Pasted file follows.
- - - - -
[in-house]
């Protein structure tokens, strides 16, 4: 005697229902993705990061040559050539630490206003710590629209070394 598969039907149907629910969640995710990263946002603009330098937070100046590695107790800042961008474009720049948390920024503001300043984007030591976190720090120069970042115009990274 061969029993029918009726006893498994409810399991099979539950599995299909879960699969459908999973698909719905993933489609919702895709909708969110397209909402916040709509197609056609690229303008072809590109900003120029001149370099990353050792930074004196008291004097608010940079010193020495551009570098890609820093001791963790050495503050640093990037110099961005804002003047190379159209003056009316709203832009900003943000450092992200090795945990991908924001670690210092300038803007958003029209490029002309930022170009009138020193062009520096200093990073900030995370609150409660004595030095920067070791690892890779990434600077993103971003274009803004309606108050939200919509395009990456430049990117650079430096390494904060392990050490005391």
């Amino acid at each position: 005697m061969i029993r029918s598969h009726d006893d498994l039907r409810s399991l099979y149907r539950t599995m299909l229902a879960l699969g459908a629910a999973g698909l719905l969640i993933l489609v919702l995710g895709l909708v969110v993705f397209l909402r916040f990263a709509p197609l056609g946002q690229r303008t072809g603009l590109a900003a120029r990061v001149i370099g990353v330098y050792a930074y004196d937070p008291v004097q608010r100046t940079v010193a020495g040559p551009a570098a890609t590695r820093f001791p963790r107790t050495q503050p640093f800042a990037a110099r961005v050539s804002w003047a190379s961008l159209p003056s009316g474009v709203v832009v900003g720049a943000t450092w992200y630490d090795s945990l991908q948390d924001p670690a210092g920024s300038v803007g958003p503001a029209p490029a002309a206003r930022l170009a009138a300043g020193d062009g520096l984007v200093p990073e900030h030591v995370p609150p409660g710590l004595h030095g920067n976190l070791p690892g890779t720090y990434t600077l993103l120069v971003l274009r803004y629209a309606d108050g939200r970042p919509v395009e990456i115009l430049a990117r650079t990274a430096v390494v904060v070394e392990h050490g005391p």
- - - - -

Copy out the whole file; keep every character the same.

[in-house]
């Protein structure tokens, strides 16, 4: 005697229902993705990061040559050539630490206003710590629209070394 598969039907149907629910969640995710990263946002603009330098937070100046590695107790800042961008474009720049948390920024503001300043984007030591976190720090120069970042115009990274 061969029993029918009726006893498994409810399991099979539950599995299909879960699969459908999973698909719905993933489609919702895709909708969110397209909402916040709509197609056609690229303008072809590109900003120029001149370099990353050792930074004196008291004097608010940079010193020495551009570098890609820093001791963790050495503050640093990037110099961005804002003047190379159209003056009316709203832009900003943000450092992200090795945990991908924001670690210092300038803007958003029209490029002309930022170009009138020193062009520096200093990073900030995370609150409660004595030095920067070791690892890779990434600077993103971003274009803004309606108050939200919509395009990456430049990117650079430096390494904060392990050490005391």
């Amino acid at each position: 005697m061969i029993r029918s598969h009726d006893d498994l039907r409810s399991l099979y149907r539950t599995m299909l229902a879960l699969g459908a629910a999973g698909l719905l969640i993933l489609v919702l995710g895709l909708v969110v993705f397209l909402r916040f990263a709509p197609l056609g946002q690229r303008t072809g603009l590109a900003a120029r990061v001149i370099g990353v330098y050792a930074y004196d937070p008291v004097q608010r100046t940079v010193a020495g040559p551009a570098a890609t590695r820093f001791p963790r107790t050495q503050p640093f800042a990037a110099r961005v050539s804002w003047a190379s961008l159209p003056s009316g474009v709203v832009v900003g720049a943000t450092w992200y630490d090795s945990l991908q948390d924001p670690a210092g920024s300038v803007g958003p503001a029209p490029a002309a206003r930022l170009a009138a300043g020193d062009g520096l984007v200093p990073e900030h030591v995370p609150p409660g710590l004595h030095g920067n976190l070791p690892g890779t720090y990434t600077l993103l120069v971003l274009r803004y629209a309606d108050g939200r970042p919509v395009e990456i115009l430049a990117r650079t990274a430096v390494v904060v070394e392990h050490g005391p």